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THE ALLIANCE HERALD, TUESDAY, AUGUST 16, 1921.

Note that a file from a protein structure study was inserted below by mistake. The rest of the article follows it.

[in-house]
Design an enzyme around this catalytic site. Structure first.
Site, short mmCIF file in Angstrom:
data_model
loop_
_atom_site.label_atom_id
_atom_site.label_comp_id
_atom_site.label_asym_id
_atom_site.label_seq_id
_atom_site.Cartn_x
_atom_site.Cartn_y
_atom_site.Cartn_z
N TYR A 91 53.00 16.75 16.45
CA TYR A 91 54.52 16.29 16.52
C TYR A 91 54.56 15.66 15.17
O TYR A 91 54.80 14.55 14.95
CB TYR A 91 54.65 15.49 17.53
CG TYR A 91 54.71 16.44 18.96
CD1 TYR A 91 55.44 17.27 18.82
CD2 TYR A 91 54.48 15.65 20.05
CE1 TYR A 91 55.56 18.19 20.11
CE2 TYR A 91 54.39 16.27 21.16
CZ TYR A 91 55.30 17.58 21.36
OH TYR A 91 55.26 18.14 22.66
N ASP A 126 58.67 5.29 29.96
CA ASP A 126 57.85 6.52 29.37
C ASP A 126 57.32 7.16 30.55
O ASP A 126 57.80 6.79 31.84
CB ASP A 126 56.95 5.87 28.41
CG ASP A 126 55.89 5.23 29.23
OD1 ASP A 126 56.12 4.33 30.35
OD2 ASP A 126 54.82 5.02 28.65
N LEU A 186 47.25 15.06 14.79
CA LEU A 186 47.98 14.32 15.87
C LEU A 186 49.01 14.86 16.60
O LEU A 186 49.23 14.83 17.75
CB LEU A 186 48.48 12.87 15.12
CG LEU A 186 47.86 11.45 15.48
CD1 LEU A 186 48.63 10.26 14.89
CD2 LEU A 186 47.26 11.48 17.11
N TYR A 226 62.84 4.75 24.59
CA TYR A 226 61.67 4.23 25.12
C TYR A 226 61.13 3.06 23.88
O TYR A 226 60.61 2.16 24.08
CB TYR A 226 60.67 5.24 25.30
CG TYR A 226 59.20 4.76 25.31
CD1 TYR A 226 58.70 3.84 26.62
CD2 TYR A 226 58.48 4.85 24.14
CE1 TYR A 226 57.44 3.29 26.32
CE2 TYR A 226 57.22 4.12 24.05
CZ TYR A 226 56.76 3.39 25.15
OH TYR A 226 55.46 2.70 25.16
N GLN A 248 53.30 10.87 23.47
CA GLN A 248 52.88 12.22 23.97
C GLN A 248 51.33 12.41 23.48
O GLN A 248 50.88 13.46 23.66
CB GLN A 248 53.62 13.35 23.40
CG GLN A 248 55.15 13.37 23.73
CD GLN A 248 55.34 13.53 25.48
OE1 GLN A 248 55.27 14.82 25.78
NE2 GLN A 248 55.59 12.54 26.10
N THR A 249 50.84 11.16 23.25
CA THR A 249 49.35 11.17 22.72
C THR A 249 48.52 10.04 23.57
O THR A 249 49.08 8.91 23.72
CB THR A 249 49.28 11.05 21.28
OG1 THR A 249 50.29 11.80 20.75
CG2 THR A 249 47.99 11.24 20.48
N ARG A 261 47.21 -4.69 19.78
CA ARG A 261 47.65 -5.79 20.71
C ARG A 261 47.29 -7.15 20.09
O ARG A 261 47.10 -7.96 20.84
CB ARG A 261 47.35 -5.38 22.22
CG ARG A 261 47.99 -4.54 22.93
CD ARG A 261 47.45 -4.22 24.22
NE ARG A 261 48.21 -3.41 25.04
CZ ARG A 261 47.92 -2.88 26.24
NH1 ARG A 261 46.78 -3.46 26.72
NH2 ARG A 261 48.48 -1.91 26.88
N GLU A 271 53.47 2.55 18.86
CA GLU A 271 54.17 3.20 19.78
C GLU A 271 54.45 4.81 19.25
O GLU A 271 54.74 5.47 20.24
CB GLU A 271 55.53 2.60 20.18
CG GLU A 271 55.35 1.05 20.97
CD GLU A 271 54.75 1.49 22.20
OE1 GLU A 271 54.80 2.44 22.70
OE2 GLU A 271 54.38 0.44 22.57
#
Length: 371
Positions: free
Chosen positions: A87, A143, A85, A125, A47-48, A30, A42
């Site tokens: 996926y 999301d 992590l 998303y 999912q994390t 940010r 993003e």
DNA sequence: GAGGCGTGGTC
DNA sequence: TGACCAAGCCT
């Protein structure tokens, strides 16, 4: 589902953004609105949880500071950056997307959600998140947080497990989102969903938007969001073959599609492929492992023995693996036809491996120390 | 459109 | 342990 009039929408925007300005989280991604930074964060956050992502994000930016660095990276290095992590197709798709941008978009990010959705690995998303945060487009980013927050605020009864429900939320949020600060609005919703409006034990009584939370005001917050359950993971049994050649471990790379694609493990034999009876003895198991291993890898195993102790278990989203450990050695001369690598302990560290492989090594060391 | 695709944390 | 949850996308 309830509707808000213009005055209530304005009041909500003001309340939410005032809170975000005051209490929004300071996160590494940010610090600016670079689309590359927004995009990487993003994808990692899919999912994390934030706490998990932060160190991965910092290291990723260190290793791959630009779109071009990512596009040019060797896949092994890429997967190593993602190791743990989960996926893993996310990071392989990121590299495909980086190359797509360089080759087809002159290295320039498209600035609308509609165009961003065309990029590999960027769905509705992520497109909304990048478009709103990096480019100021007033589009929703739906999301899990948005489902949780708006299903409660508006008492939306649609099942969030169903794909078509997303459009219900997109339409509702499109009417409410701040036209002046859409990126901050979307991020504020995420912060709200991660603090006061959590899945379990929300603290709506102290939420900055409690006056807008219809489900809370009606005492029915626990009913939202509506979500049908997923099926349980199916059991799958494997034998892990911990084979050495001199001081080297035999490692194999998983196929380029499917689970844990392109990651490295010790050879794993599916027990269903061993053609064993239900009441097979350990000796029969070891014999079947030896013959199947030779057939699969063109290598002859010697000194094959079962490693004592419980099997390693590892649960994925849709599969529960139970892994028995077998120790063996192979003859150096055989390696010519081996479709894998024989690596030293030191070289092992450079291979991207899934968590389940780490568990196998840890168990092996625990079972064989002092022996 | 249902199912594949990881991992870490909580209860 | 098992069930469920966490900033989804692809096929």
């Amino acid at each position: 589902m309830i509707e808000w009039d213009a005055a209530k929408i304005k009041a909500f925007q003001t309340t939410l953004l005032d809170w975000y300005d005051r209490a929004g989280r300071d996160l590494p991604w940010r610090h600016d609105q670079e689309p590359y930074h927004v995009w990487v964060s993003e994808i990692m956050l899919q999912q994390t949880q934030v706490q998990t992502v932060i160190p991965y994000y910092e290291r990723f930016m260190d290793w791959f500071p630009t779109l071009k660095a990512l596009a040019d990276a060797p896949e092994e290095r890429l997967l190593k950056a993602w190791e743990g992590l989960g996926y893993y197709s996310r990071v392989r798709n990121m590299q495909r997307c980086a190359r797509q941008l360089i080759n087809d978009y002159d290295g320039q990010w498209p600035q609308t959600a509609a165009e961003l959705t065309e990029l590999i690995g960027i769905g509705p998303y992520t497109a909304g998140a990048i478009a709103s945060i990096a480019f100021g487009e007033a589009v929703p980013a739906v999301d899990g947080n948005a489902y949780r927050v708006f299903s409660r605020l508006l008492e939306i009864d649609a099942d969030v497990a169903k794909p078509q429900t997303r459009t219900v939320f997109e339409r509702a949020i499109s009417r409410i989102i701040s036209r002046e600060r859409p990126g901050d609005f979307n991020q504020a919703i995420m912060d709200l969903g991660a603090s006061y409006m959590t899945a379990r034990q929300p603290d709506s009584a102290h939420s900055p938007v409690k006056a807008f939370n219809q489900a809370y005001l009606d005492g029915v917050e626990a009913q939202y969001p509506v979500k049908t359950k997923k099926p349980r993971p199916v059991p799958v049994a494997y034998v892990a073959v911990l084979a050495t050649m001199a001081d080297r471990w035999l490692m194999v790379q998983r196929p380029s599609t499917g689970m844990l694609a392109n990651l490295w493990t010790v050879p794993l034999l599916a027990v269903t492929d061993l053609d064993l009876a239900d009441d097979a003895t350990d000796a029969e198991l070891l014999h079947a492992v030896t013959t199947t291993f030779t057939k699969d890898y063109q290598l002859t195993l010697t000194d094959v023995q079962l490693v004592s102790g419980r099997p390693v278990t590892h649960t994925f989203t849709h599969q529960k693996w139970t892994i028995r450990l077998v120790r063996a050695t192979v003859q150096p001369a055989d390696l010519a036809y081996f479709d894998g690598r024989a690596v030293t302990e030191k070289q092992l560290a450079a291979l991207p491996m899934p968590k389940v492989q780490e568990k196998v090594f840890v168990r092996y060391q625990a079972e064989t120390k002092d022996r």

THINKS MONSTER AT HAY SPRINGS MAY BE A WHALE KYK.WITNKSS SAYS I ' SPOUTED WATER TWENTY FEET. Mysterious Inhabitant in Alkali Lake: .Vinon KesidcnlcrH. ThiM miicf 1 a unmalVtincr in 1bee talcs of a locp ;ea monster inhabiting ne of the alka'i lakes near Hay Spring". Reports of some mysterious denizen of the deep have. been coming! in thick and fast during the past three or four weeks, and finally the Hem-! ingford Ledger has struck an eye-wit-1 ticks who has not onlv described the fenrsome P'frht, but has permitted ' himself to be (quoted. The trouble with most of the re port. heretofore has been that they have been too indefinite. The ledger's rye-witness gives amazing facts, not only as the dimensions of the monster, but as to his activities. The mystery has been the cause of some outrageous speculations as to the nature of the brute, and up until this last descrip tion, The Herald has rather favored the hypothesis that it might be a mer maid. At any rate, read the latest dope on this absorbing mystery. It is but fair to say that the Hemingford Ledger's editor believes the animal is n gray whale, such n are found ofr the l'acific coast. The Iedger says: "A more definite description of the large water animal discovered in the Alkali lake is given this week by Ar thur Johansen who was in town Fri day. Arthur has a quarter section of land lying near the lake and to the west and while at the west end of the lake about 2 p. m. Thursday saw a monster animal lying on the surface of the water and about 300 feet from where he was located. He was first attracted by a warning snort from the horses, and casting about to ascertain if possible the reason, discovered the animal as above stated, lmost im mediately after, it emitted a pout of water straight up some 15 or 20 feet which came down in a spray, and then as if having sighted the intruder with a long angling stride it disap peared. "I could see for more than twenty feet the angling waves on the water where it was going," he said. "When asked to describe the size and apjicarance of the animal, said that he did not have time to study the matter but judged that it must be about 10 feet lonir and 2 or 3 feet broad. It was of a dark grayish color and apparently very active. "From the tlescript on one must con clude that it must be a gray whale which is said to be oir the Pacific coast. It is of a fierce active disposi tion and difficult to capture. Much of the whale bone that is used is taken from the gray whale. It is one of the few sea animals that spout water and its carcas is valuable from the amount of whale bone it produces. "Following Mr. Johanson's report there wereeleven auto loads of sight seers who went out to the lake to in vestigate, but as a gray whale can only be persuaded to show up with tempting bait and quiet surroundings no one in the party got a glimpse of this much-discussed object." See the School Dresses shown for $1.29, at Highkind-IIoltaway Co. F.x-Emperor Charles' chef is in the United States looking for a job. This is the cook whose king left. Grasshoppers a Serious Problem in Scotts Bluff and Morrill Counties Wholesale extermination of grass-' hoppers to save alfalfa and other crops from destruction is being under taken in Scotts Bluff and Morrill coun ties, under the provisions of a new Ne braska law which authorizes the state agriculture department to form "pest eradication districts." Poison is to be spread around the sides of every field of alfalfa, along the fences and small areas of waste land adjoining cultivated fields, on the banks of irrigation and drainage canals, laterals, and ditches', and any where else that furnishes a natural harbor for the insects to breed and lay their eggs. An eight-foot strip of ground sur rounding each alfalfa acreage will be covered with a poison mixture made up as follows: White arsenic, 1V2 pounds, and sal soda, 2 pounds, boiled in two gallons of water, then mixed with one gallon 01 cattle molasses for sweetening and V pound anise oil for flavoring, the whole compound being stirred into forty pounds of bran, making a damp mash to be sown broadcast by hand. The fine flakes, it is claimed, do not adhere to vegetation but fall to the ground, so that it could be spread in pastures without endangering the live stock. Grasshoppers are attracted to it by the sweetening and the anise seed fragrance. After some have eaten and died, others come and feed on their carcasses, succumbing in turn. Thus the poison gets in its work completely. Agriculture Secretary Stuhr has just returned from western Nebraska, where he conferred with farmers and organized Scotts Bluff and Morrill counties as separate pest eradication districts. Land owners and tenants instructed to put the poison mixture' out not later than August 20. As this is the start of the egg-laying season for next year's hatch of grasshoppers, it is hoped to get rtd of the insects to a large extent for the coming season as well as this one. If any especially bad spots show up next spring, vigorous measures will be taken there to get rid of the pest. Penalties are provided by law on any persons who neglect to carry out in structions. Ihe land owner in all cases pays for the poison, while the occupant of the land is required to spread it. The mixture costs about $2.20 per 100 pounds. Grasshopper devastat;on is being experienced on both irrigated and dry lands, but especially on the former, since the same kind of crops are grown one year after another under irrigation. The insects which work on irrigated acreage are different from dry and varieties, being chiefly the yellow differential, the two-striped and the Rocky Mountain genuses. All three of these are large in size. See the School Dresses shown for $1.29, at Highland-Holloway Co. OH, WILLIE, WILLIE. Little Willie had been hearing his father boast to his friends of his new car and its ability to take the steepest hills. At the Sunday supper table he suddenly astonished his parents by de manding: "Pa, docs the Lord Almighty own a Rolls-Fierce too?" "Great Scott, no, son. Whatever put that into your head?" "Well, at Sunday school we had a hymn that went, 'If I love Him, when I die He will take me home on high." Recent court cases prove that the girl you left behind isn't as dangerous as the letters you left behind. Rail Labor Board To Announce New Rules Ihis Week The first of new rules governing working conditions of railways of the country, to replace the national agree ments established during federal con trol, will be laid down bv the United States railroad labor board this week, it was announced Saturday. Just before making this announce ment, the board rendered a decision defeating an effort of union represen tatives to extend the period during which the national agreements are to remain in force. This decision denied all applications for further hearings on separate disputes involving work ing rules. The substitute rules now to be pre-1 scribed by the labor board will apply ! on such roads as have not reached agreements with their employes. Re ports indicate few if any, roads have been able to "get together" with their employes on a complete new working code. Following public hearings extending over many weeks last winter and at which both sides introduced volumin ous testimony, the railroad labor board on April 14, decided that the national agreement against which the railroad executives had protested should term inate July 1, 1922. The same decision directed rail of fiicials and employes' representatives to meet in conference at which substi tute rules might be agreed upon. When, on July 27, few agreements had been reported, and the board had been unable to prescribe new rules, the labor board indefinitely extended op eration of the national agreements. The employes' representatives were heard this week in protest against the proposal to e. tablish the piece work system in railway shops. A decision will be rendered later. ANGORA Miss Leota Henderson, Mrs. R. T. Ely and daughter, Emily autoed to Bridgeport Saturday in the former's car. Mrs. Joe Morrill and little son of Bridgeport are spending a few days with relatives here. J. K. McFarland of .Grand Island was in the vicinity Saturday attending to business for the Grand Island business college. Miss Eunice und Ida Boodry return ed from their trip to California Fri day. They report a very pleasant time. Nelson Eliott and Ralph Sherlock have their threshing machine in run ning order now ancf are threshing in this vicinity. Mr. and Mrs. David Boodry of Bridgeport spent Sunday with the farmers parents, Mr. and Mrs. Lea Boodrv. Little Ruth King entertained a few friends at a birthday party Thursday evening. A very enjoyable time is re nnrt pel. Mr. and Mrs. George Venell and children autoed out to the Lewellyn home Saturday evening, returning Sunday evening. Miss Helen Dunn of Bridgeport spent Sunday with Miss Leota Hen derson. Owing to the disagreeable weather Sundav, the Melbeta team failed to ar rive for the ball game. The fans wera entertained 'however, with a game be tween the regular team and the scrubs. The score was 17 to 10 in favor of the regulars. Batteries for Angora, Dove and Rodgers, for tho scrubs, F. Sherlock and Lawrence. TOO LATE TO C LASSIFY FOR SALE One registered Red Poll bull, one G-foot vertical Jones mower. Eugene Rosenberger. 74tf v. UJ ... . JiLi Mr. Ree Duction sale will continue three days longer, Wednesday, Thursday and Friday, Angust 17, 18 and 19 For the Sake of your Pocketbook Attend this Sale You can fill your purse with savings many times if you take full advantage of the astoundingly low prices that we quote during this MR. REE DUCTION SALE. Your money will not pay near as large dividends even at a high rate of interest as it will when invested in these bargains. Without fear of contradiction we can honestly say that you save at least 20 and as much as 50 of every dollar you spend. You know it is not possible to advertise ALL the good things the first few days and so Wednesday and all week you will find many new and astounding bargains offered. So plan to be here and bring a friend! 200 Pairs Women's Fashionable GREY BUCK PUMPS AND OXFORDS That are actually worth $9.98 and $10, sacrificed in the Air. llee Duction Sale at, pair. $4.98 Smart one and two-strap Tumps with ball strap. French heels, genuine Good year welt sewed soles. Hurry for these for they won't last Ions at this almost give away sale price, $4.98. LADIES' SILK GLOVES Black and White 98c Each All Silk regular $1.50 and ?2 values On Sale Wednesday, Thursday and Friday. Mr. Ree Duction Invites You. We Sell for CASH We Sell for LESS SILKOLINE Fancy colors, best quality 15c Yard Regular 25 and 35c quality. 36 inches wide. Mr. Ree Duction Invites You. Children's GINGHAM DRESSES BLACK SATEEN 30 inches wide. 48c Yard Regular 75c quality. 10 yards to a customer. STICKERI BRAID t Scalloped Edging V g 5c All colors. Regular 15c values. Mr. Ree Duction Invites You. Mr. Ree Duction Invites You. $1.00 These are $3, $4 and $5 values. On Sale Wednesday, Thursday and Friday. Mr. Ree Duction Invites You. EIFFEL HOSIERY 19c Each These are Black and Brown. 35c values. Fine Cotton hose. COLORED ORGANDIES 75c Yard This is a regular 98c value. 38 inches wide. Mr. Ree Duction Invites You. Mr. Ree Duction Invites You. BIO STORE 1 .TT-Tf ff YiYf im We Sell for CASH We Sell for LESS